Joseph A. Flaherty was the Senior Vice President for Technology at CBS.
From 1953 to 1955, Flaherty served at the United States Army Signal Corps Photographic Center. As technical director and design engineer of the U.S. Army's first television station, Flaherty designed the studio wherein training films were made through kinescope.
Flaherty's career at CBS began in 1957 when he joined as a design engineer. Flaherty moved up in the ranks due to his innovations, and in 1977 he became Vice President for Technology.
He is the inventor and co-inventor of many television technologies, including the miniature color camera, off-line videotape editing, and co-inventor with Raymond D. Schneider of electronic news-gathering.
High definition television was one of Flaherty's chief areas of interest. He presented many papers on the subject. Flaherty served as Chairman of the Planning Subcommittee of the FCC's Advisory Committee on Advanced Television Service that developed the ATSC HDTV standard.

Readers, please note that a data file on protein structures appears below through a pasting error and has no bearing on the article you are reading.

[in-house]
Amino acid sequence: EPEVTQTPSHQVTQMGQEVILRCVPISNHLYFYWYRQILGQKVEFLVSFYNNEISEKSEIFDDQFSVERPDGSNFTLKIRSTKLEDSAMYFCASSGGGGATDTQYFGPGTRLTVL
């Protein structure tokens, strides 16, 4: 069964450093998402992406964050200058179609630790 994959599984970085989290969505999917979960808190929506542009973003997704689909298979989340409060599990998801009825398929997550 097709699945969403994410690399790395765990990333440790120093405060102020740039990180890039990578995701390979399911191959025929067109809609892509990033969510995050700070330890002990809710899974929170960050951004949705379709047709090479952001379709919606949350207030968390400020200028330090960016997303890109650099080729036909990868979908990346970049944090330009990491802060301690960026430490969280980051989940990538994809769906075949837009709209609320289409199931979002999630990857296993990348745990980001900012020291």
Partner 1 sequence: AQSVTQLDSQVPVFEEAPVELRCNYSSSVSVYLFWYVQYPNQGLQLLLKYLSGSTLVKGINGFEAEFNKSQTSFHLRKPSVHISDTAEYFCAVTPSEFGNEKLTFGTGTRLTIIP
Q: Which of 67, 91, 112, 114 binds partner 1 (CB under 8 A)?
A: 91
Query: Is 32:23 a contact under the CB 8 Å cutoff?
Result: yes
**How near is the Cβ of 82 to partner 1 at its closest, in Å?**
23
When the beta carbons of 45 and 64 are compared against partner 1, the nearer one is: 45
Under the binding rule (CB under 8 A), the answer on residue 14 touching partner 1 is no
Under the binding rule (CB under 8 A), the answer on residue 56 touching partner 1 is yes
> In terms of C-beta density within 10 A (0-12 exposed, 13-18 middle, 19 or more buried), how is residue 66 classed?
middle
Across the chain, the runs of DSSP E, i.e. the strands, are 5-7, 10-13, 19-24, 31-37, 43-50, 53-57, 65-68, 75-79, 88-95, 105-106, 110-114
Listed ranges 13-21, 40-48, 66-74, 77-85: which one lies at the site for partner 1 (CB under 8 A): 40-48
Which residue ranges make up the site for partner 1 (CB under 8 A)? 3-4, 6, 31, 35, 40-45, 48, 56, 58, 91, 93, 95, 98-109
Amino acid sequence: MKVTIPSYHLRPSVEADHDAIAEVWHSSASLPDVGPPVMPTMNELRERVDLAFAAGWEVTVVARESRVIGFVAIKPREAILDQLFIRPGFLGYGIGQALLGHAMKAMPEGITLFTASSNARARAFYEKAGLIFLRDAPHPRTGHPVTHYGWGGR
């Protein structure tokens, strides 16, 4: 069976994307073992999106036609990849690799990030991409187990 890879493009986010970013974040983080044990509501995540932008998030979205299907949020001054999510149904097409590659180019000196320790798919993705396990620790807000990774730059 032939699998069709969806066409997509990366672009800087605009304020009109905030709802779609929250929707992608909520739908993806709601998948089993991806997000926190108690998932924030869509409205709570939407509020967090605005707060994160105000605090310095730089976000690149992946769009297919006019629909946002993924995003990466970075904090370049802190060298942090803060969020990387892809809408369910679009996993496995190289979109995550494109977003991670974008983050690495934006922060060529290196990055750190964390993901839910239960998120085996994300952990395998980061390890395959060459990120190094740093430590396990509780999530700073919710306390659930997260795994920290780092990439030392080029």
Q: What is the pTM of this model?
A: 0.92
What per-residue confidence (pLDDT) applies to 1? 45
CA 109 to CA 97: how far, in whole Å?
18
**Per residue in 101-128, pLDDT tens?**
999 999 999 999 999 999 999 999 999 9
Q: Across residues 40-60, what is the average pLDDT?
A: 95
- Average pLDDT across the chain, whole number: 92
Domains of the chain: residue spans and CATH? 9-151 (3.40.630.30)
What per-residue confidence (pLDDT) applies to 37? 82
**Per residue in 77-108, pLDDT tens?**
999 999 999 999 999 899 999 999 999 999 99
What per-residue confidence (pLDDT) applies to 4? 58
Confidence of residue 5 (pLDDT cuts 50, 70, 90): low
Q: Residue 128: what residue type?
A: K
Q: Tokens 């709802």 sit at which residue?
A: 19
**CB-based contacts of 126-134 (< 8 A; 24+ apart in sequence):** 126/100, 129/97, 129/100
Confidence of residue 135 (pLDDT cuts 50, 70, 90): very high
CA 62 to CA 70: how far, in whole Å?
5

In 1996, the Television Academy honored Flaherty with the Charles F. Jenkins Lifetime Achievement Award, which recognizes a living individual whose contributions have significantly affected television technology and engineering.
Flaherty died August 7, 2018. He was 87.